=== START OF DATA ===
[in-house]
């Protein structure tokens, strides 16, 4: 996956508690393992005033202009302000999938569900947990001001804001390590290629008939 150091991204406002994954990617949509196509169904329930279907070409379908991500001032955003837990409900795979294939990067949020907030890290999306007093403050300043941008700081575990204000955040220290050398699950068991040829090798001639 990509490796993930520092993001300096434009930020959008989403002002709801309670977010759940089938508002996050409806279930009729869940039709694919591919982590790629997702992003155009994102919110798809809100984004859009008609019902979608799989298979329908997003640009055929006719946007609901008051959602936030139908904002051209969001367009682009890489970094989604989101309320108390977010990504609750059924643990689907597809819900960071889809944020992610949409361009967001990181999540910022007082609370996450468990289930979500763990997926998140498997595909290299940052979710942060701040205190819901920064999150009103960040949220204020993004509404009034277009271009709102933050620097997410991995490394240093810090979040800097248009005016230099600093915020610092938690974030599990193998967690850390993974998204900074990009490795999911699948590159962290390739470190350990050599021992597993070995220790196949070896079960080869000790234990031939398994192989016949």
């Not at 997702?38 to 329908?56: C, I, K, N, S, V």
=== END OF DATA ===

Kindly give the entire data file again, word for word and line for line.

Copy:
[in-house]
């Protein structure tokens, strides 16, 4: 996956508690393992005033202009302000999938569900947990001001804001390590290629008939 150091991204406002994954990617949509196509169904329930279907070409379908991500001032955003837990409900795979294939990067949020907030890290999306007093403050300043941008700081575990204000955040220290050398699950068991040829090798001639 990509490796993930520092993001300096434009930020959008989403002002709801309670977010759940089938508002996050409806279930009729869940039709694919591919982590790629997702992003155009994102919110798809809100984004859009008609019902979608799989298979329908997003640009055929006719946007609901008051959602936030139908904002051209969001367009682009890489970094989604989101309320108390977010990504609750059924643990689907597809819900960071889809944020992610949409361009967001990181999540910022007082609370996450468990289930979500763990997926998140498997595909290299940052979710942060701040205190819901920064999150009103960040949220204020993004509404009034277009271009709102933050620097997410991995490394240093810090979040800097248009005016230099600093915020610092938690974030599990193998967690850390993974998204900074990009490795999911699948590159962290390739470190350990050599021992597993070995220790196949070896079960080869000790234990031939398994192989016949």
């Not at 997702?38 to 329908?56: C, I, K, N, S, V």